29 April (Tuesday)
as published in My Paper
WITH interest rates sliding, now could be a good time to move out of that rental apartment and get your own home.
Taking a home loan at a lower interest rate could translate into paying less than what you fork out in rent now, and getting the property under your name too, said consumer moneylender GE Money, which offers a range of consumer finance products such as personal and car loans, but not home loans.
Speaking to my paper on responsible borrowing in a climate of low interest rates and a strong Singapore dollar, GE Money's chief marketing officer, Mr Alok Kumar, said: 'It does make sense to buy property now because interest rates are low.
'If you haven't considered taking a housing loan, now is the time to consider that, because cash flow will make better sense today due to the lower interest rate and lower outflow.'
This is an option because the Singapore Inter-bank Offered Rate (Sibor) is on a downward trend, he said. Sibor, the rate at which banks lend to one another, is a key component used in setting home loan rates. It tends to track the United States Federal Reserve funds rate, which has been slashed in recent weeks.
The three-month Sibor has declined by more than one percentage point, from 2.38 per cent at the start of the year to 1.31 per cent at end-March. It dipped even further to just 1.25 per cent last week. Said Dr Chua Hak Bin, a strategist at Deutsche Bank's Private Wealth Management: 'It's an attractive time to borrow. There is still a chance that the interbank rates might move lower because the market expects the Fed to continue cutting rates.'
But GE Money's Mr Kumar said that consumers should also take a long-term view and understand the long-term risks.
He said: 'You can afford a loan today but, if the interest rate goes up four years later, do you see your earnings also going up' Will you be able to service the loan then?'
A DBS spokesman said that with lower interest rates now, customers would benefit from home loan packages that are pegged to benchmarks like Sibor, where it truly reflects the movements in interbank rates.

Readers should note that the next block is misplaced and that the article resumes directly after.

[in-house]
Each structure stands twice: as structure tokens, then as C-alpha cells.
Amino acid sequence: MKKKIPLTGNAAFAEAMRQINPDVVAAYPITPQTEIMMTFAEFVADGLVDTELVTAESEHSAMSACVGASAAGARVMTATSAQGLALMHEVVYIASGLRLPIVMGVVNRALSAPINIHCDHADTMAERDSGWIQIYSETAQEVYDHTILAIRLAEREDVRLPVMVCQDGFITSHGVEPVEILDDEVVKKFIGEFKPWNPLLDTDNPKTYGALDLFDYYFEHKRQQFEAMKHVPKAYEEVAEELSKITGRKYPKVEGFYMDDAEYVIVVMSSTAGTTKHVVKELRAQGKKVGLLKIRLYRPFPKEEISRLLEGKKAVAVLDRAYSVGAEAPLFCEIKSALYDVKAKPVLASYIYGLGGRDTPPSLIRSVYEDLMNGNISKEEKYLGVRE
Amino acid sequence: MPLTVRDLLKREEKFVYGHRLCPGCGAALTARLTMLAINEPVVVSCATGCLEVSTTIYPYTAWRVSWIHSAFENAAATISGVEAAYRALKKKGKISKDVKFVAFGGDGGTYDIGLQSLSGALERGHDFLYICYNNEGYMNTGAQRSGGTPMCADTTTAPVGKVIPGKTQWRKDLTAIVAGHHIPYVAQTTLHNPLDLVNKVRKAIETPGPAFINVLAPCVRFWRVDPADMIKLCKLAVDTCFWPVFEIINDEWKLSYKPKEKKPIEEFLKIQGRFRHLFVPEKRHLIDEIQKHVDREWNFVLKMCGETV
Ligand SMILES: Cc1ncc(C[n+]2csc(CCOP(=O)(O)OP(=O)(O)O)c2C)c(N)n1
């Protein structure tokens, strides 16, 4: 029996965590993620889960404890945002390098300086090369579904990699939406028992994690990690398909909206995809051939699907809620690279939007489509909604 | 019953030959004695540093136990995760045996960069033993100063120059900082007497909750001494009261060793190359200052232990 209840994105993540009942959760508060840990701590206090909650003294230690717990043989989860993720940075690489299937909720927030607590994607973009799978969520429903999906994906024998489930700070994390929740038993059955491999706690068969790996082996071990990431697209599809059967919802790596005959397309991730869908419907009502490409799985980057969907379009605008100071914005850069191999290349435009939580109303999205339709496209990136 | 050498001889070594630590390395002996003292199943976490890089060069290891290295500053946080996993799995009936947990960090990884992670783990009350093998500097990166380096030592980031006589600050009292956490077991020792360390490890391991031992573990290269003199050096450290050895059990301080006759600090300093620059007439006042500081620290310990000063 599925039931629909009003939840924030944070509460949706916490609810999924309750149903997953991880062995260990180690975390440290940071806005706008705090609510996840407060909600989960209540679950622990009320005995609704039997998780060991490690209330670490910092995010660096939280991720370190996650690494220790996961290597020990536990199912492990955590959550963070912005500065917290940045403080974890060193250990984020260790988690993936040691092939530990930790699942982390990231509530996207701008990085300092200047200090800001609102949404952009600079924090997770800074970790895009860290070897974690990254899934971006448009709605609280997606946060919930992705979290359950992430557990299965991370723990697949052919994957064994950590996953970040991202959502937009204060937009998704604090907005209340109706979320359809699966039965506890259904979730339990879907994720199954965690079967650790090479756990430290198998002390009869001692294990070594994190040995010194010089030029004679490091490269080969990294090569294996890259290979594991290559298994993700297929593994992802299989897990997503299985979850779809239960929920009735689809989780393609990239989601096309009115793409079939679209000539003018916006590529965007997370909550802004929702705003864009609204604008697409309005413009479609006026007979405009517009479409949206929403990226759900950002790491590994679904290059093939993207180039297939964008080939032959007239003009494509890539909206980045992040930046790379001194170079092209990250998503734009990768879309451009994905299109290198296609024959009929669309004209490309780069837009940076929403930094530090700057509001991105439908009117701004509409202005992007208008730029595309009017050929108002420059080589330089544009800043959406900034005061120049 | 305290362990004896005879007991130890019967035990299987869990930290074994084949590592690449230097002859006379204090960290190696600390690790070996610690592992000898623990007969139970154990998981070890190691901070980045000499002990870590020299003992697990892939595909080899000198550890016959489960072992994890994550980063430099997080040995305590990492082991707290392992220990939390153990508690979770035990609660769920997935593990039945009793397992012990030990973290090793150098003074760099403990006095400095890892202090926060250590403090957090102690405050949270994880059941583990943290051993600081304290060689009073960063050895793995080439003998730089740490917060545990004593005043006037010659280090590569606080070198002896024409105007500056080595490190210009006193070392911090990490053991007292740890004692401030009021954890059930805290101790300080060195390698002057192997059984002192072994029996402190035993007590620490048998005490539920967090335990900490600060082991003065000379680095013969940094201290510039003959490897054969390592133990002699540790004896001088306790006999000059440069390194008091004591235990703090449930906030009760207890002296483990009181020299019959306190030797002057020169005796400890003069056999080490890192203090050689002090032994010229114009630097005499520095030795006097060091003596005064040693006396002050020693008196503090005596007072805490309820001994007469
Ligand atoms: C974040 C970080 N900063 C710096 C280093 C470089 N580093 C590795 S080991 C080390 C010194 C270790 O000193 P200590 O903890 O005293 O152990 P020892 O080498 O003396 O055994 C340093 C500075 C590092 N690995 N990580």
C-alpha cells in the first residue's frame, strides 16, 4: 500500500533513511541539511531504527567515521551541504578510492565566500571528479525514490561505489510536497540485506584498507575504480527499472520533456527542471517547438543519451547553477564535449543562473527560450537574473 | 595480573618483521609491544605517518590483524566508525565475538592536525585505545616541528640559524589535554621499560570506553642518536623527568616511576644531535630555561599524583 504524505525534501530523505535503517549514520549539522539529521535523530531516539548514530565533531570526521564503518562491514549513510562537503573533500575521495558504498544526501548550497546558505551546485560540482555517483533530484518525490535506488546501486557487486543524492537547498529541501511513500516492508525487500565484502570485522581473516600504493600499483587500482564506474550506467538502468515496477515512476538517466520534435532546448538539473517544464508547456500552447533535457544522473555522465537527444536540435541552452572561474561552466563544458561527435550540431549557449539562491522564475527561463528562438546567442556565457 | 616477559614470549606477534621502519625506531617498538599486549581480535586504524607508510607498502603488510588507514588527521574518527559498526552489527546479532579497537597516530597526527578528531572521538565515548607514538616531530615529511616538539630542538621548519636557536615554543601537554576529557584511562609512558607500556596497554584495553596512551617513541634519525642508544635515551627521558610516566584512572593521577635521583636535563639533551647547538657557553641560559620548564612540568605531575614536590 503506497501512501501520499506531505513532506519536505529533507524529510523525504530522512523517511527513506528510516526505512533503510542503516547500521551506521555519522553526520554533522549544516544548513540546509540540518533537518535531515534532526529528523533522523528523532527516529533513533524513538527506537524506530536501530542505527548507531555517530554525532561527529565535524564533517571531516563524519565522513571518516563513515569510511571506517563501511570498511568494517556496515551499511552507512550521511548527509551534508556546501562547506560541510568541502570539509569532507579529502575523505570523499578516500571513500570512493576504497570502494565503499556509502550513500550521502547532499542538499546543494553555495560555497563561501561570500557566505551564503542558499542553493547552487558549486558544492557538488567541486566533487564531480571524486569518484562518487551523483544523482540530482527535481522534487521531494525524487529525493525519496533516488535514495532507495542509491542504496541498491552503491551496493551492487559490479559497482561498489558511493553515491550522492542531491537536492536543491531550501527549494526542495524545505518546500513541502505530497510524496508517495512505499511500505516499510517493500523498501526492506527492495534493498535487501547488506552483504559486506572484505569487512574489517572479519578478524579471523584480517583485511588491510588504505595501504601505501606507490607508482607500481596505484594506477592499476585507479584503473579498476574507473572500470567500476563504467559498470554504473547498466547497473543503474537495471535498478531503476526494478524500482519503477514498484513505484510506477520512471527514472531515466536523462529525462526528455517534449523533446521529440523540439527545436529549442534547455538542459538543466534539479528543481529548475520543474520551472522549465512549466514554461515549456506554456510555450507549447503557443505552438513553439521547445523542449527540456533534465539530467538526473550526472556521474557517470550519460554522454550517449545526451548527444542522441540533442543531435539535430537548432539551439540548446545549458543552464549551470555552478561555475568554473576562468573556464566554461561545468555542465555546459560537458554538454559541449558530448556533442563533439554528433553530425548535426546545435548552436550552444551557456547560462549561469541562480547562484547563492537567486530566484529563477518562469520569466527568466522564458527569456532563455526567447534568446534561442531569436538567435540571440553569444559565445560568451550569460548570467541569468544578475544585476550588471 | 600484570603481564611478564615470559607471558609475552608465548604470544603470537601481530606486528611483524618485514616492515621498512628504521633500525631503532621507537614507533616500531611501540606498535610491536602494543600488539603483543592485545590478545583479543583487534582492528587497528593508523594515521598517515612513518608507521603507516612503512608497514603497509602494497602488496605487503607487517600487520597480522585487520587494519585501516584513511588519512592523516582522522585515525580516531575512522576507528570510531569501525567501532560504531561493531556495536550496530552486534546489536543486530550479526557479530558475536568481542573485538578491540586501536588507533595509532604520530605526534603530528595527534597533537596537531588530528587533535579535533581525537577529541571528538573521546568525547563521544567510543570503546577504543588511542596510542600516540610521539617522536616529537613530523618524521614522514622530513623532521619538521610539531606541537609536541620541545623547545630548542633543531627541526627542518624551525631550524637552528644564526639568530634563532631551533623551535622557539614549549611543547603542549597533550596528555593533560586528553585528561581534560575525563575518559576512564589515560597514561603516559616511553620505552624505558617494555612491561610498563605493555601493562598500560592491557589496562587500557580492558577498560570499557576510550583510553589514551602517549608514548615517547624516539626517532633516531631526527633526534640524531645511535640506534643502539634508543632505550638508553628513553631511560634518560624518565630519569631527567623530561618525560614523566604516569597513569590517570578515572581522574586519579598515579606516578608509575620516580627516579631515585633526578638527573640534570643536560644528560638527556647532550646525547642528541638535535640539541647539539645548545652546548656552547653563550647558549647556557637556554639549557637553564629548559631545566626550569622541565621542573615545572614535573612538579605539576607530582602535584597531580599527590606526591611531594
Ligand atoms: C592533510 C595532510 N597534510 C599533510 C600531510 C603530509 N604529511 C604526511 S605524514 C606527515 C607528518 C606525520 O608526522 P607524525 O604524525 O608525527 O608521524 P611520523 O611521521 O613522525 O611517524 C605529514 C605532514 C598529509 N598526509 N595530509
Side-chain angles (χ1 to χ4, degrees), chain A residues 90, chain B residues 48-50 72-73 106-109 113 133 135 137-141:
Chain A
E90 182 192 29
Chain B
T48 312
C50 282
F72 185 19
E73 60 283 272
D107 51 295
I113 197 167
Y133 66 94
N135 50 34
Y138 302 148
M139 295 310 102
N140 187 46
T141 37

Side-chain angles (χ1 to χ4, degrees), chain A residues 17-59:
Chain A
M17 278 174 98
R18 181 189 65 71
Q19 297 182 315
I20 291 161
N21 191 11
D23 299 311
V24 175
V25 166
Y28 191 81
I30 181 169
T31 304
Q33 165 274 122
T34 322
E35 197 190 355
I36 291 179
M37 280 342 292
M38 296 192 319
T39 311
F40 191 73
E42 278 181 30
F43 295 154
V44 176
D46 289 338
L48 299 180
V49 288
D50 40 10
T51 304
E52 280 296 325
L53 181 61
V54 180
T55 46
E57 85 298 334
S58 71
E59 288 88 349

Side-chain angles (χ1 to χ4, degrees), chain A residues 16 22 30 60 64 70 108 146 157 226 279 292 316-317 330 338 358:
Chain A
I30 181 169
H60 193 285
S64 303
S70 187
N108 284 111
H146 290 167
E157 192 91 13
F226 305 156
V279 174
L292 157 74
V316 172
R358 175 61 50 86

'However, one would also need to consider the purpose of the purchase,' said the spokesman.
'For example, if the property is meant for owner occupation, then the consumer should take a longer- term view on the housing loan.'
Besides, one does not buy a property just because of low interest rates, said UOB economist Ho Woei Chen.
'You also have to consider other things like housing prices now, and what you think the property market will be like going forward,' she said.
Mrs Lynn Ong, 32, who lives with her husband and three children in a rented house in Upper Thomson, is hoping to buy a house within the next six months, as her rent has just gone up from $3,000 to $5,000 a month.
'Lower interest rates mean I can get the most out of my money. Instead of paying rent, you service a mortgage,' said Mrs Ong, a contract adviser.
'It makes more sense that you put money into something that belongs to you.'
On the stronger Singapore dollar, Mr Kumar believes that investment in shares and funds traded in US dollars would provide higher returns.
'There are no clear low-hanging fruits that you can grab unless it's US dollar-denominated investments,' he said.
'But general prudence about spending and borrowing still prevails even in this environment.'